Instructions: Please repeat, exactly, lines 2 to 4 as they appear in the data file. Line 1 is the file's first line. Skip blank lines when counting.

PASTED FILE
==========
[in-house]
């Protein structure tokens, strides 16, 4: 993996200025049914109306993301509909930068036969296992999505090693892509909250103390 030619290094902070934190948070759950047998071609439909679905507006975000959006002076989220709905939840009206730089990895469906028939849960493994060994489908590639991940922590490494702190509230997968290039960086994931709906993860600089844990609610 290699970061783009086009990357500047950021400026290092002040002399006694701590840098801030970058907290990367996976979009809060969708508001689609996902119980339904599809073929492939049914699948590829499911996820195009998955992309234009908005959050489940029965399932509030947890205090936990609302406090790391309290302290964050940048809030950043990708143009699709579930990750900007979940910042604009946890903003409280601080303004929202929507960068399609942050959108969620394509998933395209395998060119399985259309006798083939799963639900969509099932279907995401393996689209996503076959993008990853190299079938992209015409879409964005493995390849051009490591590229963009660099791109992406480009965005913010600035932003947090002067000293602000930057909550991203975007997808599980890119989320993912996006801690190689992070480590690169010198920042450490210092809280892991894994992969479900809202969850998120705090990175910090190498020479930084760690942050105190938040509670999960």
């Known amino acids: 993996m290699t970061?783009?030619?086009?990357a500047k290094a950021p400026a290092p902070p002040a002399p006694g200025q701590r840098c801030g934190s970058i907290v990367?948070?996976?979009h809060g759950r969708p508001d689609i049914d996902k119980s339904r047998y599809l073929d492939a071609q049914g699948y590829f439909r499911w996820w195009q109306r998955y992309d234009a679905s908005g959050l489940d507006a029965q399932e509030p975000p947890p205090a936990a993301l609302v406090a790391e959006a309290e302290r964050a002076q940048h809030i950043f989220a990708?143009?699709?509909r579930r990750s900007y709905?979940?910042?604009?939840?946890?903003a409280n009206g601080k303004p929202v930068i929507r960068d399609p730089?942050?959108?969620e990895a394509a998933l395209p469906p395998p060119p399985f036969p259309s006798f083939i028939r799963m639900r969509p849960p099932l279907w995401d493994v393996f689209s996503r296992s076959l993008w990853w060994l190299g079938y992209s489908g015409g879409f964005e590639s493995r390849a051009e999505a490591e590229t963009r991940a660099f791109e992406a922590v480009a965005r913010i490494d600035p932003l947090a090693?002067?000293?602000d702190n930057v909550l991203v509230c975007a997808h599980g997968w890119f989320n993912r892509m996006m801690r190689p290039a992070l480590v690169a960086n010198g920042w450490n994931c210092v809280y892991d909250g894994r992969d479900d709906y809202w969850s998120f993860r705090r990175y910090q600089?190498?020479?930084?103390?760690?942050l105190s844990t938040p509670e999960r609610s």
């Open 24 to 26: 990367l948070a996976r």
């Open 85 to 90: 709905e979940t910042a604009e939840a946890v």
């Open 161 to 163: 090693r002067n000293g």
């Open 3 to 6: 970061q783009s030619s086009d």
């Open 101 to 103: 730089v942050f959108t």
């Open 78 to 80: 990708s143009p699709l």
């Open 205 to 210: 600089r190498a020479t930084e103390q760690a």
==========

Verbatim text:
């Protein structure tokens, strides 16, 4: 993996200025049914109306993301509909930068036969296992999505090693892509909250103390 030619290094902070934190948070759950047998071609439909679905507006975000959006002076989220709905939840009206730089990895469906028939849960493994060994489908590639991940922590490494702190509230997968290039960086994931709906993860600089844990609610 290699970061783009086009990357500047950021400026290092002040002399006694701590840098801030970058907290990367996976979009809060969708508001689609996902119980339904599809073929492939049914699948590829499911996820195009998955992309234009908005959050489940029965399932509030947890205090936990609302406090790391309290302290964050940048809030950043990708143009699709579930990750900007979940910042604009946890903003409280601080303004929202929507960068399609942050959108969620394509998933395209395998060119399985259309006798083939799963639900969509099932279907995401393996689209996503076959993008990853190299079938992209015409879409964005493995390849051009490591590229963009660099791109992406480009965005913010600035932003947090002067000293602000930057909550991203975007997808599980890119989320993912996006801690190689992070480590690169010198920042450490210092809280892991894994992969479900809202969850998120705090990175910090190498020479930084760690942050105190938040509670999960």
């Known amino acids: 993996m290699t970061?783009?030619?086009?990357a500047k290094a950021p400026a290092p902070p002040a002399p006694g200025q701590r840098c801030g934190s970058i907290v990367?948070?996976?979009h809060g759950r969708p508001d689609i049914d996902k119980s339904r047998y599809l073929d492939a071609q049914g699948y590829f439909r499911w996820w195009q109306r998955y992309d234009a679905s908005g959050l489940d507006a029965q399932e509030p975000p947890p205090a936990a993301l609302v406090a790391e959006a309290e302290r964050a002076q940048h809030i950043f989220a990708?143009?699709?509909r579930r990750s900007y709905?979940?910042?604009?939840?946890?903003a409280n009206g601080k303004p929202v930068i929507r960068d399609p730089?942050?959108?969620e990895a394509a998933l395209p469906p395998p060119p399985f036969p259309s006798f083939i028939r799963m639900r969509p849960p099932l279907w995401d493994v393996f689209s996503r296992s076959l993008w990853w060994l190299g079938y992209s489908g015409g879409f964005e590639s493995r390849a051009e999505a490591e590229t963009r991940a660099f791109e992406a922590v480009a965005r913010i490494d600035p932003l947090a090693?002067?000293?602000d702190n930057v909550l991203v509230c975007a997808h599980g997968w890119f989320n993912r892509m996006m801690r190689p290039a992070l480590v690169a960086n010198g920042w450490n994931c210092v809280y892991d909250g894994r992969d479900d709906y809202w969850s998120f993860r705090r990175y910090q600089?190498?020479?930084?103390?760690?942050l105190s844990t938040p509670e999960r609610s």
């Open 24 to 26: 990367l948070a996976r």